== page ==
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SALT LAKE CITY -- Dozens of financial claims have been filed against Chevron as the company continues cleaning up the oil spill that rolled down Red Butte Creek almost seven weeks ago. All the claims are from residents, not businesses. But there is one business badly damaged by the spill.
Temporary fences are still in place to keep people away from the pond. And the cleanup will go on for months, which means life in Liberty Park is not what it used to be.
You wouldn't think an oil spill would affect a merry-go-round or a Ferris wheel. But the kiddy rides are in a slump. Ticket sales are off significantly.
"It's a little depressing," says Marilee Latta. She has owned the concession business in Liberty Park for 28 years. When oil gushed into the pond the first weekend of the summer, her business took a body blow.
Usually, her six paddle boats and four canoes are rented and on the pond pretty much all day long.
She says, "And so it's kind of tough when people are calling to find out when the boats are going to be open that we say 'well, it's probably not going to be this year'."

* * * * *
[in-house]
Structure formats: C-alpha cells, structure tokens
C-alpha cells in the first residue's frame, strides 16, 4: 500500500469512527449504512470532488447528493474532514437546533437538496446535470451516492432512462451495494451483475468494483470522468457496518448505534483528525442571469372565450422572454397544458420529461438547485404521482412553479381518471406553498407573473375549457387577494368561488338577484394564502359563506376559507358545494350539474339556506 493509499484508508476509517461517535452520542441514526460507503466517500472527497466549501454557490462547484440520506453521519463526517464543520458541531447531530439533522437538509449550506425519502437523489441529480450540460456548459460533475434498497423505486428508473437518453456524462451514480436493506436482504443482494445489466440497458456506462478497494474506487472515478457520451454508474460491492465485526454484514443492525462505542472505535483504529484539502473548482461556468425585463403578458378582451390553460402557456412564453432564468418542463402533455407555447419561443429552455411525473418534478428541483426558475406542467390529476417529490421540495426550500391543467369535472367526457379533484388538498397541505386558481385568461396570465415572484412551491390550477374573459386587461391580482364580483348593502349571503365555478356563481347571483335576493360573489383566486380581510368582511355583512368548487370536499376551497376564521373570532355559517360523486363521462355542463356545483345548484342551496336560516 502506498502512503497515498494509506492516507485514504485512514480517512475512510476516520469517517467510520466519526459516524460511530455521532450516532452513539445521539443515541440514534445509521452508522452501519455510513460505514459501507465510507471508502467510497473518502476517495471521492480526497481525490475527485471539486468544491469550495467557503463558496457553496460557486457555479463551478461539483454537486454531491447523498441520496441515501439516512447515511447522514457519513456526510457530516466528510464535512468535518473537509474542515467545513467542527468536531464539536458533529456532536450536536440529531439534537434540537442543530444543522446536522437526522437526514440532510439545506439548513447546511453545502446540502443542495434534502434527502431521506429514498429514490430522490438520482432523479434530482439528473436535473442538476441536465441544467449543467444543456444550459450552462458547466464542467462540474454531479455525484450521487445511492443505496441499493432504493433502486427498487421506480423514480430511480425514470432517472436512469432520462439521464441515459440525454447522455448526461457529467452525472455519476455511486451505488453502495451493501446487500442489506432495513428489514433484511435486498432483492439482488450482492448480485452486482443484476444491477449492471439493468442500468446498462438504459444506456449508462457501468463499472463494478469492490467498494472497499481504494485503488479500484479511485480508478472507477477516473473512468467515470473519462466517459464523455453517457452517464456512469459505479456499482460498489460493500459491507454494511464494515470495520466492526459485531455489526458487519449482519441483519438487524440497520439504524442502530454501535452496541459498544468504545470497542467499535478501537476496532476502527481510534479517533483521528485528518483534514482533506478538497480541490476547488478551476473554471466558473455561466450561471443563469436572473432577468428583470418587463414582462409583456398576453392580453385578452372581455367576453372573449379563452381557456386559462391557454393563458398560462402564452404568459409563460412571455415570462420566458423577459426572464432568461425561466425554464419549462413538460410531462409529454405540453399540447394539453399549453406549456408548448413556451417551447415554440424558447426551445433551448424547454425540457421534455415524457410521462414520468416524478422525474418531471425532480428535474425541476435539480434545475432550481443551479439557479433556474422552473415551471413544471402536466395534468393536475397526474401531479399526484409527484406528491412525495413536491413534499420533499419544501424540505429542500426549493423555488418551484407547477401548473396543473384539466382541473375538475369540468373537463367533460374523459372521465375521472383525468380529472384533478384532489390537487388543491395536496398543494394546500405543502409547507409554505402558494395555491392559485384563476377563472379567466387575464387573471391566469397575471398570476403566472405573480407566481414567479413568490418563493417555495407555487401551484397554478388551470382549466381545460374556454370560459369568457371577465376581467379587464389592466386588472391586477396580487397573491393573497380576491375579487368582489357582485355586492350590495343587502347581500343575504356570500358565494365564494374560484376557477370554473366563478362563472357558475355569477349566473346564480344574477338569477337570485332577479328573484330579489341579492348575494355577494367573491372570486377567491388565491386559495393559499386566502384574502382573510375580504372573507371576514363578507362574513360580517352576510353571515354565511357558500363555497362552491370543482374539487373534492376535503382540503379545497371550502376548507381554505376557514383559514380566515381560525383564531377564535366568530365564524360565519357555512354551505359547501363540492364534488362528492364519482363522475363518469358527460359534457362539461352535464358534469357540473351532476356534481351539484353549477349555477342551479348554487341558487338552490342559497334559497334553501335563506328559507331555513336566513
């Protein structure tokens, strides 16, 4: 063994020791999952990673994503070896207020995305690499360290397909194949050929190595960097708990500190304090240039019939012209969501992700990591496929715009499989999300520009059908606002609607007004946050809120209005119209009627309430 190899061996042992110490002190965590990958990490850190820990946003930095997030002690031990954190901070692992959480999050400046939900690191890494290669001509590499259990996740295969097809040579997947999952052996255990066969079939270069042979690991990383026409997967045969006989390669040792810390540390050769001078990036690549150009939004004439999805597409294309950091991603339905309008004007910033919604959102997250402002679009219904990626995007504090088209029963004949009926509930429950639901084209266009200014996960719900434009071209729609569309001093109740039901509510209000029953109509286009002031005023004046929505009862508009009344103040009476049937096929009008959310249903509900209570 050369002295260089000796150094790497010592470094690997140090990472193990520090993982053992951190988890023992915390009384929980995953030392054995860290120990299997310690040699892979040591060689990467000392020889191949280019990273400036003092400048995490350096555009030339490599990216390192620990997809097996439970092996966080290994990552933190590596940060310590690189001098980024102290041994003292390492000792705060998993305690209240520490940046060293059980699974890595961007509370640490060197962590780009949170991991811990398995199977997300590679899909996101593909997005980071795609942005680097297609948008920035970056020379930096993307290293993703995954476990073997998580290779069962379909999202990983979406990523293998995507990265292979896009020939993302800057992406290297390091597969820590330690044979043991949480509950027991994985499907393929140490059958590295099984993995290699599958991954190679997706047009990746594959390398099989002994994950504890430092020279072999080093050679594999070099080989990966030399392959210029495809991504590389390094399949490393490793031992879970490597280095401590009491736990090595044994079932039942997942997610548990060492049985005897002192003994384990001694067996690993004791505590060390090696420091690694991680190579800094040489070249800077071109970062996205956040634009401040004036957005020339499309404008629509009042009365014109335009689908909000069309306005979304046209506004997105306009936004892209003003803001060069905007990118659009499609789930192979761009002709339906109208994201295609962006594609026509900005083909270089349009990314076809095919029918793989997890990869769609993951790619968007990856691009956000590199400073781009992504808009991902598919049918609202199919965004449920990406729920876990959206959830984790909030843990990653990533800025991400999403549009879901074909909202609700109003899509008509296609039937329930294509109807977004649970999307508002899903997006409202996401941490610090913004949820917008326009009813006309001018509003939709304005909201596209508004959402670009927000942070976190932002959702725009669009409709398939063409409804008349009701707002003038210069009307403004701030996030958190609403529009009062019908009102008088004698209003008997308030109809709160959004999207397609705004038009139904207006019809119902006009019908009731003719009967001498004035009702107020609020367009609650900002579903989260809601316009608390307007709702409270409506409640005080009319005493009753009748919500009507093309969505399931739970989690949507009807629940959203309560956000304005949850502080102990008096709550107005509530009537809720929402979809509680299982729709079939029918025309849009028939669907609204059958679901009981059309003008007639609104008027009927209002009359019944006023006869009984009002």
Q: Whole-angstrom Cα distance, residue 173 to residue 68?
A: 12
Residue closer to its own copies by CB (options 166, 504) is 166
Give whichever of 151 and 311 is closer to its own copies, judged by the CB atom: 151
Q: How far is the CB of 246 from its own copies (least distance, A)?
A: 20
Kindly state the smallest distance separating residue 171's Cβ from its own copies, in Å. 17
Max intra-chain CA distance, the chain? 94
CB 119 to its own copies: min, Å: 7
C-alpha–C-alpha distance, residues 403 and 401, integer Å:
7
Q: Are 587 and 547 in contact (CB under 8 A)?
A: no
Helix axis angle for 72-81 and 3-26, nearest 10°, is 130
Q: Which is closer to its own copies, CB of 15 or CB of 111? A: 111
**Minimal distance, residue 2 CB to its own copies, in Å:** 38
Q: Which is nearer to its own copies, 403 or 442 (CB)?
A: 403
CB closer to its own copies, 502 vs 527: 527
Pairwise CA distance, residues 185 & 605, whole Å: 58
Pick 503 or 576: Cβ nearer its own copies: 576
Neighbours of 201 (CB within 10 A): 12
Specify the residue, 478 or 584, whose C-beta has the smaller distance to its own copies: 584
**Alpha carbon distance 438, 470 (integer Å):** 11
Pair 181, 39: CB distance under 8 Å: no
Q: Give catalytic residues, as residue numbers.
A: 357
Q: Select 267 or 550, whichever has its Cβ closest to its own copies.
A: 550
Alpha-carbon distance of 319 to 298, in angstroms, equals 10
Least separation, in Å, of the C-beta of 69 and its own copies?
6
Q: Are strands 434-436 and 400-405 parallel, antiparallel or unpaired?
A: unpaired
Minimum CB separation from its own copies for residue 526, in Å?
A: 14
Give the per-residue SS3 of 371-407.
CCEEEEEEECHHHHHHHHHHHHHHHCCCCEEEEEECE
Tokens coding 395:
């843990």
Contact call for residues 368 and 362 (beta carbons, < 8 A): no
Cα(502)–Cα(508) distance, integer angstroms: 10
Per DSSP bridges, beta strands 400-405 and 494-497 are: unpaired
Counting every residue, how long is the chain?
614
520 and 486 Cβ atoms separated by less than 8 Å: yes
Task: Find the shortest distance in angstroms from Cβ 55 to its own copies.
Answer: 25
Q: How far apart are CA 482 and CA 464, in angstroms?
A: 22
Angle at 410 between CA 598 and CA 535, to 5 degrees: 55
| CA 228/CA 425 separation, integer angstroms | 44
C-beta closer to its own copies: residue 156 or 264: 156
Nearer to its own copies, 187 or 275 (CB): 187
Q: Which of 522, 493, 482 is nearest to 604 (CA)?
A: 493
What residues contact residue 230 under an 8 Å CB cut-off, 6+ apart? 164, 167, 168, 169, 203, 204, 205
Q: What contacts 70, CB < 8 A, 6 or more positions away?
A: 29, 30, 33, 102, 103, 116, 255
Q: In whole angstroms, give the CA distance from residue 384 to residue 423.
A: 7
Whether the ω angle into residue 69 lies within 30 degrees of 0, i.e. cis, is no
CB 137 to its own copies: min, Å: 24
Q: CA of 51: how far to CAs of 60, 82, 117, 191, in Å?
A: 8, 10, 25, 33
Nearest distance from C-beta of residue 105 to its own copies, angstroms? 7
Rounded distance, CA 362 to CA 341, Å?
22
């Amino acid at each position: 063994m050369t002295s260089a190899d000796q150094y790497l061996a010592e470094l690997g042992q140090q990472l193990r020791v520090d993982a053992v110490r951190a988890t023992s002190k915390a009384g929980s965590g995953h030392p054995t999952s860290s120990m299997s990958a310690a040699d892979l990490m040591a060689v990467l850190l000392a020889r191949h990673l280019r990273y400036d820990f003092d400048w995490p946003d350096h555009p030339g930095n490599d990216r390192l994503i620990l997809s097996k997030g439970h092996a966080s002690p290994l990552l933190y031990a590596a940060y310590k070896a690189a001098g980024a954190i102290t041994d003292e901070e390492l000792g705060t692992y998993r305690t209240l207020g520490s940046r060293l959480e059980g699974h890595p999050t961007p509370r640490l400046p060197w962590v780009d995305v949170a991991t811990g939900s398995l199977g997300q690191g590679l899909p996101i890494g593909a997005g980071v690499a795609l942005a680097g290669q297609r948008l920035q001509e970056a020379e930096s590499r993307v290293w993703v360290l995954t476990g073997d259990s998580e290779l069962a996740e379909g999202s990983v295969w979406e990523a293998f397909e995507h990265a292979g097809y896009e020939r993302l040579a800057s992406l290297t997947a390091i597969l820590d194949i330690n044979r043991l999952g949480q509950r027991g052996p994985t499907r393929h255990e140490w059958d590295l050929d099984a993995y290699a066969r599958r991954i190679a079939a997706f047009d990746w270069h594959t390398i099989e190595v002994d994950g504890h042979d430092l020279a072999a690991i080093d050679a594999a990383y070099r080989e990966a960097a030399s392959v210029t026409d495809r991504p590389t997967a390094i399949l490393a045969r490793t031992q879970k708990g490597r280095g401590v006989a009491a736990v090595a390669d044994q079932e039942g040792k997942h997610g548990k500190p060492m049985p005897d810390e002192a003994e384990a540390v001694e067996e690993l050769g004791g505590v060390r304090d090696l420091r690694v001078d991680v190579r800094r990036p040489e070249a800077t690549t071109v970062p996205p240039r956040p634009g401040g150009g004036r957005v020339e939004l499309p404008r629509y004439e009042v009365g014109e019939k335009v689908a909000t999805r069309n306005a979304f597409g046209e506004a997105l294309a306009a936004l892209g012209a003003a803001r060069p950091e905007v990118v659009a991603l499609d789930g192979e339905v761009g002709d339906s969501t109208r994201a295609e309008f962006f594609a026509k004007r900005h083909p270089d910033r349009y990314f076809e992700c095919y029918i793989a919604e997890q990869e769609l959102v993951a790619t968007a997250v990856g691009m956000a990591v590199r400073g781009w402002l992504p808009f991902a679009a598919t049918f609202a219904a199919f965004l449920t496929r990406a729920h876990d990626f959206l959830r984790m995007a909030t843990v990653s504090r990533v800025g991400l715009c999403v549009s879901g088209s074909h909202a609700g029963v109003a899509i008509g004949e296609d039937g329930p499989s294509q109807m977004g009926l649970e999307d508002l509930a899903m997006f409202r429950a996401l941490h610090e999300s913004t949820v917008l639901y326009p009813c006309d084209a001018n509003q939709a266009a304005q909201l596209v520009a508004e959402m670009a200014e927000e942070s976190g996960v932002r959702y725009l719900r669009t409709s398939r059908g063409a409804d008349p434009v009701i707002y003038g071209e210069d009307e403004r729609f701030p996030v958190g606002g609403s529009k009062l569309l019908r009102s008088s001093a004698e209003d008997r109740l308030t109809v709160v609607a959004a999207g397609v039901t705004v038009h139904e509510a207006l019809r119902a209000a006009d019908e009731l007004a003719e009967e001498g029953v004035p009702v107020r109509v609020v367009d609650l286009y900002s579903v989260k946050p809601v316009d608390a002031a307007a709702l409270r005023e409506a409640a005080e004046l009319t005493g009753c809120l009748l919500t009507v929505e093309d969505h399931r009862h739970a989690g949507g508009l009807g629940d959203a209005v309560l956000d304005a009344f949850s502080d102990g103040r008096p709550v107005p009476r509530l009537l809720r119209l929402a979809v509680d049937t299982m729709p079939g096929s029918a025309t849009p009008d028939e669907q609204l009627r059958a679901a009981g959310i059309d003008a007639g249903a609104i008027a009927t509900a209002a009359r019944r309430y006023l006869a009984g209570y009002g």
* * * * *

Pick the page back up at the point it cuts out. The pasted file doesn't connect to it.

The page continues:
Her overall business is off about a third. So she hired only 17 workers instead of the usual 25. She's still calculating losses and plans to file a claim against Chevron.
So far, 85 residents have filed claims for medical bills, property damage and overnight stays in hotel rooms. One family and two individuals are still living in hotels.
Liberty Park Concessions is the only business claim Chevron is expecting. Latta says she hasn't smelled oil since the first 10 days. And birds are returning, and thriving. But the orange fence around the pond has taken the summertime bounce out of Liberty Park. The whole year has been a little bit quieter than a normal year would be," she says. Chevron promises to pay all legitimate claims. So far they've paid about a third of them; the rest are in process. Chevron agrees the pond is out of business for the year. The cleanup here will continue until winter.